US4374397 *Jun 1, 1981Feb 15, 1983Eastman Kodak CompanyLight valve devices and electronic imaging/scan apparatus with locationally-interlaced optical addressing
US4375648 *Jun 1, 1981Mar 1, 1983Eastman Kodak CompanyHigh-resolution light valve apparatus for electronic imaging
US4375649 *Jun 1, 1981Mar 1, 1983Eastman Kodak CompanyScanning device with area-to-linear mapping and related electronic scanner/printer apparatus
US4378567 *Jan 29, 1981Mar 29, 1983Eastman Kodak CompanyElectronic imaging apparatus having means for reducing inter-pixel transmission nonuniformity
US4378568 *Jan 29, 1981Mar 29, 1983Eastman Kodak CompanyLight valve imaging apparatus and method for providing gray scale
US4380023 *Jan 29, 1981Apr 12, 1983Eastman Kodak CompanyElectronic imaging apparatus with light valve area arrays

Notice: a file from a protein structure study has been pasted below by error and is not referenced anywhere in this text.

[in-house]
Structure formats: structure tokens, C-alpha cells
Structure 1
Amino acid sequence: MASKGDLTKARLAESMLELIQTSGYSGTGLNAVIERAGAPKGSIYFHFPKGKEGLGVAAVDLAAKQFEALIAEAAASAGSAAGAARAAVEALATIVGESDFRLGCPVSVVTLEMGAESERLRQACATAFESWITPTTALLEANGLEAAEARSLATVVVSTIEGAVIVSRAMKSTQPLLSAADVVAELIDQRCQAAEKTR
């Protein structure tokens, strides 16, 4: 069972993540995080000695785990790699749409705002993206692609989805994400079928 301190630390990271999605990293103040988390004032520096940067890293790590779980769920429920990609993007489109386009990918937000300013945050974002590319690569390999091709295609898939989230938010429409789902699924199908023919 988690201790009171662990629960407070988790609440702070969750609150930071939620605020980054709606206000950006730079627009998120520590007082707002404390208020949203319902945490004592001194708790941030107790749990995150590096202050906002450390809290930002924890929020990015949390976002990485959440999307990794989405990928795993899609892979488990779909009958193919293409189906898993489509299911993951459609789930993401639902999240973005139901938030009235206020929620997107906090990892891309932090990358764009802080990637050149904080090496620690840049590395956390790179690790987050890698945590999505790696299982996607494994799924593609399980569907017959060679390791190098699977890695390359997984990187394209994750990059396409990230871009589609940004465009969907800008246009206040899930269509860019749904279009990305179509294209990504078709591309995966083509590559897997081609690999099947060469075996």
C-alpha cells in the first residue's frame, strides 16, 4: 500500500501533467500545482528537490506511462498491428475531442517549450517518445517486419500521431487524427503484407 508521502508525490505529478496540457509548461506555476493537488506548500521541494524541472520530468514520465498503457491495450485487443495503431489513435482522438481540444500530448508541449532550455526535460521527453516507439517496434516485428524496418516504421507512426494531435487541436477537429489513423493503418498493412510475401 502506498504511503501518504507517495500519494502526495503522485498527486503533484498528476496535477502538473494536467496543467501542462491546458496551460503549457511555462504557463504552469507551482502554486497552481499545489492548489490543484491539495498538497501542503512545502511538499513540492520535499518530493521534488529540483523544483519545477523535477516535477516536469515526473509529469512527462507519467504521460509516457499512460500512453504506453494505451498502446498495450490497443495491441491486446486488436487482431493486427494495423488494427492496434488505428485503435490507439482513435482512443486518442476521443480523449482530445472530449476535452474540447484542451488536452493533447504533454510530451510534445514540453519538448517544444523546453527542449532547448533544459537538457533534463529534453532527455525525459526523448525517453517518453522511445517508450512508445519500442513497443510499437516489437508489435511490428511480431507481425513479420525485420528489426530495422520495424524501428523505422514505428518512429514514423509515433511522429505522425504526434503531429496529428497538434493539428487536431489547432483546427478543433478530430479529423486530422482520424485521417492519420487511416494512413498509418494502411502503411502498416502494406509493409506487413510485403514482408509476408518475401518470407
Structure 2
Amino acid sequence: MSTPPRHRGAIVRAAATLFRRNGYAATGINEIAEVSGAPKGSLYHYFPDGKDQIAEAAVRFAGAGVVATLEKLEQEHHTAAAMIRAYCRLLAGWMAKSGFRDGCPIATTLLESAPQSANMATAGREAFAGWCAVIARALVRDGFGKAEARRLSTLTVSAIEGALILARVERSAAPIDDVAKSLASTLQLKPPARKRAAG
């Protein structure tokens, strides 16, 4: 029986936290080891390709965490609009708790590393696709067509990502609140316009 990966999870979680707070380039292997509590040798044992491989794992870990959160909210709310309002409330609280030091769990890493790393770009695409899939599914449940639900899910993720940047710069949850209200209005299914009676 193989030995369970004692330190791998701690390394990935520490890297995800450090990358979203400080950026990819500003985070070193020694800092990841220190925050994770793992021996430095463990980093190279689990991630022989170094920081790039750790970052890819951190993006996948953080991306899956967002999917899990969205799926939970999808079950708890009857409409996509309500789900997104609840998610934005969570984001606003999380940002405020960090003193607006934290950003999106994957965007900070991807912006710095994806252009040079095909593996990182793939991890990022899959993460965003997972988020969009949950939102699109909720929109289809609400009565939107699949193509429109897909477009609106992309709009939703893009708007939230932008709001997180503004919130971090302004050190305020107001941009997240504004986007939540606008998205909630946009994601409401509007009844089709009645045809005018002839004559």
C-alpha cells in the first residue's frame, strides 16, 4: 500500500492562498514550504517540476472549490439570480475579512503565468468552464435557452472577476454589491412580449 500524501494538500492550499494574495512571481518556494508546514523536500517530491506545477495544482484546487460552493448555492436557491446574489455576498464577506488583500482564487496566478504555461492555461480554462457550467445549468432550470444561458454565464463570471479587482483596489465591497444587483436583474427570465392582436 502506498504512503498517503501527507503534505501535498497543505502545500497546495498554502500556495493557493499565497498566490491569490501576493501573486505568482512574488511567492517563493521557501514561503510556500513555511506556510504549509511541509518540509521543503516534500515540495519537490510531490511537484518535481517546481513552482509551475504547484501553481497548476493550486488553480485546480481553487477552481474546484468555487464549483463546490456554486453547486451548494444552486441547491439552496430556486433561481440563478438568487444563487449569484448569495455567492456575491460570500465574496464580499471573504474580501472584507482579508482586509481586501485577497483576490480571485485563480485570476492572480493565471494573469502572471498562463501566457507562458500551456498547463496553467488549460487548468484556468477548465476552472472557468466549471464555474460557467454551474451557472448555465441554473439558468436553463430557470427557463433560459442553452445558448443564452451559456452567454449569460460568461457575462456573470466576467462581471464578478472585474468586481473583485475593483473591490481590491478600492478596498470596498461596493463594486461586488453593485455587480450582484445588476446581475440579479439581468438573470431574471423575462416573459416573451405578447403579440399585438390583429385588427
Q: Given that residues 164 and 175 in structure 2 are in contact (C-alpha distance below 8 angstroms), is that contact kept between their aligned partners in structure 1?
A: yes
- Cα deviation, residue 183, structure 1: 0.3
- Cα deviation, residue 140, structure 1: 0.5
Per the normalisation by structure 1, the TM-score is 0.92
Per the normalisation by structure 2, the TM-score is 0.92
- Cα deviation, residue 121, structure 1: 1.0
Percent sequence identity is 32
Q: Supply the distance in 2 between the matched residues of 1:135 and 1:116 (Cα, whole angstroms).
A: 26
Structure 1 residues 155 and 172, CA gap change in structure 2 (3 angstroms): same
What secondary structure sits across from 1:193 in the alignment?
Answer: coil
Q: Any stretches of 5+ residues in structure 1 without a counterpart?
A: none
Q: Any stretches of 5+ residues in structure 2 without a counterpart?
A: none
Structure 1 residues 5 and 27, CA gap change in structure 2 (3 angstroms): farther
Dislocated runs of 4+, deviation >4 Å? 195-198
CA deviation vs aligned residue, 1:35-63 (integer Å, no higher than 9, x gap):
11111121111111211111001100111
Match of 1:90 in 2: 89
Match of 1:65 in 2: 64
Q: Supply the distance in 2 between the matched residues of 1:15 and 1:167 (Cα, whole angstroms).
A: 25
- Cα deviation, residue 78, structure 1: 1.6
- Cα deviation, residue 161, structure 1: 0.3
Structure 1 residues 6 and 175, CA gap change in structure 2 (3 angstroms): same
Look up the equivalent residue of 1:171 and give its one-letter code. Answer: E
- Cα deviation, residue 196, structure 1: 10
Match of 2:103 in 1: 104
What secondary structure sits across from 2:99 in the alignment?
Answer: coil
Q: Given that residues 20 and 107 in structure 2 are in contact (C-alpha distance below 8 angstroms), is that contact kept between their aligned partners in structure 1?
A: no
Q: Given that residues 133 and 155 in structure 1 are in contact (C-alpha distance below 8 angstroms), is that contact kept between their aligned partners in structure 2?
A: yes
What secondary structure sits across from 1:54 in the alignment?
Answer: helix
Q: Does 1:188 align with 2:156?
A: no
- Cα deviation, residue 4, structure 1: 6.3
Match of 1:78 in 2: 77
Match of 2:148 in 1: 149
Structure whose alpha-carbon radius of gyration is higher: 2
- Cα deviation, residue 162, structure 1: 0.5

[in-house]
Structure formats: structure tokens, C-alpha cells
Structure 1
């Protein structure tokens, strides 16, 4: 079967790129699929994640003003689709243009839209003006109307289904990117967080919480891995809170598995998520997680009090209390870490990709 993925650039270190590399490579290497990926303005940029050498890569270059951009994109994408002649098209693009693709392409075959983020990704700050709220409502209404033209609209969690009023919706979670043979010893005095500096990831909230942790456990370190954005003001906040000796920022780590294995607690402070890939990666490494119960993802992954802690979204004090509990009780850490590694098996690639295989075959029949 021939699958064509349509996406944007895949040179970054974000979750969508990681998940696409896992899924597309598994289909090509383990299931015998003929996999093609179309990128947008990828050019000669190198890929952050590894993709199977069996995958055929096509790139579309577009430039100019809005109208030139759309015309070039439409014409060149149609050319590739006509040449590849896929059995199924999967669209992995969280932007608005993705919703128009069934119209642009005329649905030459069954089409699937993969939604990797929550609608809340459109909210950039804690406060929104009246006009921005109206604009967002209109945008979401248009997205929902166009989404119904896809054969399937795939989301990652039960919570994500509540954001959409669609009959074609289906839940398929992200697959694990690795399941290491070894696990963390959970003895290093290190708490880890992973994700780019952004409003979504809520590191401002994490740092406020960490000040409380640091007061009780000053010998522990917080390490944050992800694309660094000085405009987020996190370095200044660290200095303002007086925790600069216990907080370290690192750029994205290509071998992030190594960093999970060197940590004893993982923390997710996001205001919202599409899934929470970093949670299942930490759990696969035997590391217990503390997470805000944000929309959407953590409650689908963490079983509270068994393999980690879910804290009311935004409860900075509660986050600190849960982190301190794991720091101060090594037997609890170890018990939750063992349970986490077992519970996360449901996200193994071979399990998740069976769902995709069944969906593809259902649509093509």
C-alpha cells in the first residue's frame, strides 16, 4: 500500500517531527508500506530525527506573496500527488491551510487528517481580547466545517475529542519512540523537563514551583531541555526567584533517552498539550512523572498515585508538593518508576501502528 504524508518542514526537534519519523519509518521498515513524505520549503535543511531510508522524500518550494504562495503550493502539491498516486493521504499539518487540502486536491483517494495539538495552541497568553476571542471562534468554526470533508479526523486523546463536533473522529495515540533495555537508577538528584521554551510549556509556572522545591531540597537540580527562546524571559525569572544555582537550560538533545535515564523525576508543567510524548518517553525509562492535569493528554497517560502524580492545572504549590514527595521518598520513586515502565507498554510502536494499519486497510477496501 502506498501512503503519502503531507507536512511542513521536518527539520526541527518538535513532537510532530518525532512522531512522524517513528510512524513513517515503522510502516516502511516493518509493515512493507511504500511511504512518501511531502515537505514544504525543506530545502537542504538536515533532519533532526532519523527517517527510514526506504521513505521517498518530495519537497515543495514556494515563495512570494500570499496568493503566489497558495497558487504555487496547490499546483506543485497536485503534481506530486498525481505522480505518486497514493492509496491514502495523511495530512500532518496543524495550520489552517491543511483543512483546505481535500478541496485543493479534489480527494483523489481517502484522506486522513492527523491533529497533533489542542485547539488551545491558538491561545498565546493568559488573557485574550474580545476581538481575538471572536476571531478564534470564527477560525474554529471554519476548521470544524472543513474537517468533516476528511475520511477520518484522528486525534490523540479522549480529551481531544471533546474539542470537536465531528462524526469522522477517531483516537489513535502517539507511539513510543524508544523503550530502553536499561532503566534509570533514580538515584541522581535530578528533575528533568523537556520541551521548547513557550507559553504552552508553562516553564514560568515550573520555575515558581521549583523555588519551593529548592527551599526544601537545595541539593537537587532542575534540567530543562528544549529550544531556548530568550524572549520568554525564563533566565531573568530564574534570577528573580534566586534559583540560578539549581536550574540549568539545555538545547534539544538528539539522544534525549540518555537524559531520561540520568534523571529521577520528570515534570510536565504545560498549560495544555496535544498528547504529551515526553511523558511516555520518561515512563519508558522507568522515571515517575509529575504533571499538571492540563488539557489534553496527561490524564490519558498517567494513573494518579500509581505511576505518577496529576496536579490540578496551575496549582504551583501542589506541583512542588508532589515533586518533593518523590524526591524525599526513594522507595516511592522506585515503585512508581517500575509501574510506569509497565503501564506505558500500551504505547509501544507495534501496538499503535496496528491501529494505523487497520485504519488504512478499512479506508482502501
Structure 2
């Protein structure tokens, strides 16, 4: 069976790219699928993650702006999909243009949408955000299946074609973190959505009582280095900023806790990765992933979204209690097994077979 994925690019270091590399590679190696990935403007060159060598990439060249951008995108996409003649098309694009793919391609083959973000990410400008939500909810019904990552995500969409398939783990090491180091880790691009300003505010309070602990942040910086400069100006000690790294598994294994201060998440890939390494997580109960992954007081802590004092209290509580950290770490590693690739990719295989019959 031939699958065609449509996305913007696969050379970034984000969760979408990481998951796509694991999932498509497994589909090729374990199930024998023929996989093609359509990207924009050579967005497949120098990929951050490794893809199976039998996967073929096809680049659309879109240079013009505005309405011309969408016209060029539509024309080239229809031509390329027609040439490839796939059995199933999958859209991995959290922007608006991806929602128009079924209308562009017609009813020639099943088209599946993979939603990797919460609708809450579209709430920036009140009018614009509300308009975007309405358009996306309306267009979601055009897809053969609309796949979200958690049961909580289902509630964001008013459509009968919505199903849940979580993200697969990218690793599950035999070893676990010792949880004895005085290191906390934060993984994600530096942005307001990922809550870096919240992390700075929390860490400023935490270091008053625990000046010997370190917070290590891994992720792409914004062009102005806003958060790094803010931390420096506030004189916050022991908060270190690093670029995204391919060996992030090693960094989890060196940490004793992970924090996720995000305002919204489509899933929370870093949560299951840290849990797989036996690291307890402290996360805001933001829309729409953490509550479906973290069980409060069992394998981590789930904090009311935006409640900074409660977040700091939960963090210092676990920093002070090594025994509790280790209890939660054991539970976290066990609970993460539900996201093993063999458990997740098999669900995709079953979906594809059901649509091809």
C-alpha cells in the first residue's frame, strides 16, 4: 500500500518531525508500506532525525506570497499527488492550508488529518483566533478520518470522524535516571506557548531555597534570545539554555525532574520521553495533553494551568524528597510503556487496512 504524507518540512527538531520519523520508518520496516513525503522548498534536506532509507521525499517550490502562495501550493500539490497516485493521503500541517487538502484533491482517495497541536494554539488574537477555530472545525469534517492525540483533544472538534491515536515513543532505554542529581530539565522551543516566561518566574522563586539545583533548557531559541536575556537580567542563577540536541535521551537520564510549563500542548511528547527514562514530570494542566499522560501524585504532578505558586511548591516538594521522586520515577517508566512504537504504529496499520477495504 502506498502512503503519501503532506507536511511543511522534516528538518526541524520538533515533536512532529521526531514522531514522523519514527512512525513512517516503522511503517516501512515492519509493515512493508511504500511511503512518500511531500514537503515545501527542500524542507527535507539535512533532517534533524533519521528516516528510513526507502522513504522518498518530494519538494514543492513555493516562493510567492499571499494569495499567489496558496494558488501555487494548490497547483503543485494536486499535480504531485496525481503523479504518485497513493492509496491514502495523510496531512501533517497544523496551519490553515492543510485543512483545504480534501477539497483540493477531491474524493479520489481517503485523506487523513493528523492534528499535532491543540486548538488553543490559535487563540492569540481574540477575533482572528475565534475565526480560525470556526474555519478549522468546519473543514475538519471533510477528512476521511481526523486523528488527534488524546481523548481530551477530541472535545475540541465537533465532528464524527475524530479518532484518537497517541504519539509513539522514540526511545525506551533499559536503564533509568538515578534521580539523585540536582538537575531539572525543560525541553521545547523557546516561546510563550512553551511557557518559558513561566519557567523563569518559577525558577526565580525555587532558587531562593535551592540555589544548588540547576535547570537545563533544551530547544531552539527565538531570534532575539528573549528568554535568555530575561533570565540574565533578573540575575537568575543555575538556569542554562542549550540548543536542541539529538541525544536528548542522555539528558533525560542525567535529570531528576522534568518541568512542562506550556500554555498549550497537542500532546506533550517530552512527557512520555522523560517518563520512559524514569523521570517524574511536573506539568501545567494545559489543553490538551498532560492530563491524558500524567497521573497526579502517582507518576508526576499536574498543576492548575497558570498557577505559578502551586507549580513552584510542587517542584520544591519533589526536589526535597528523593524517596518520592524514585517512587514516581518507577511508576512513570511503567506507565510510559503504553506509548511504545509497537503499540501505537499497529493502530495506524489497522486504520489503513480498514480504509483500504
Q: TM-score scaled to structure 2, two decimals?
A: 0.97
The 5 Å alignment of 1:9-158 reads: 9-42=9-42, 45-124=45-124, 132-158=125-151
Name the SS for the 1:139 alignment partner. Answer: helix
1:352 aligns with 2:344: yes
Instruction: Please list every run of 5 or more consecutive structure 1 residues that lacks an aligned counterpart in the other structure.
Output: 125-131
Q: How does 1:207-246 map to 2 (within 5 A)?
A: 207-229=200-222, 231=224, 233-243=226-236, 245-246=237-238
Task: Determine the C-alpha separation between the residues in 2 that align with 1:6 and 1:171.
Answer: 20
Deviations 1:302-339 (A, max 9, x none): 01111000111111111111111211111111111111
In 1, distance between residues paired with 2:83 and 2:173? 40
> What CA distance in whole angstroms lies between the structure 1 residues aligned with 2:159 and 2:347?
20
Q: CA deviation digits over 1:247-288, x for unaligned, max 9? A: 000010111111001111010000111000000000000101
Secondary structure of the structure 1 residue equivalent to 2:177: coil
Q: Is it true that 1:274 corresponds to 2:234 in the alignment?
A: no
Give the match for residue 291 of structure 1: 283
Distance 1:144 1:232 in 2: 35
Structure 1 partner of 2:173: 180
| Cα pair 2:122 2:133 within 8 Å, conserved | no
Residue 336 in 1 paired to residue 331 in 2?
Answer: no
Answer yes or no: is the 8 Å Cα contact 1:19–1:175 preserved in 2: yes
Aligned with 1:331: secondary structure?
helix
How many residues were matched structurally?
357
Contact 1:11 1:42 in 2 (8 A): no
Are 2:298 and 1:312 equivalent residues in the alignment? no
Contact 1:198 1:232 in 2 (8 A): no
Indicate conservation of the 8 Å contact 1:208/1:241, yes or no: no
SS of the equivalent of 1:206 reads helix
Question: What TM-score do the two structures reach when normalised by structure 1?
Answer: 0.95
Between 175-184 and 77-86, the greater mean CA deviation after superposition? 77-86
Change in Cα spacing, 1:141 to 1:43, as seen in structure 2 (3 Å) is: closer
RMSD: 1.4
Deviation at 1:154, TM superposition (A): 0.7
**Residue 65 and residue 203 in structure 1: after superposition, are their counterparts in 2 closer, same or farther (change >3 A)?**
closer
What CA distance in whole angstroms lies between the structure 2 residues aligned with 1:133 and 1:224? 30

US4530600 *Feb 22, 1982Jul 23, 1985Northrop CorporationVariable attenuator for optical transceiver
US4548479 *Apr 1, 1983Oct 22, 1985Rockwell International CorporationIsophase birefringent filters
US4576441 *Mar 2, 1984Mar 18, 1986United Technologies CorporationVariable fresnel lens device
US4636799 *May 3, 1985Jan 13, 1987United Technologies CorporationPoled domain beam scanner
US4639093 *Mar 2, 1984Jan 27, 1987United Technologies CorporationSwitchable bandwidth filter
US4706094 *May 3, 1985Nov 10, 1987United Technologies CorporationElectro-optic beam scanner
US4712880 *Aug 25, 1986Dec 15, 1987Fujitsu LimitedPolarization rotation compensator and optical isolator using the same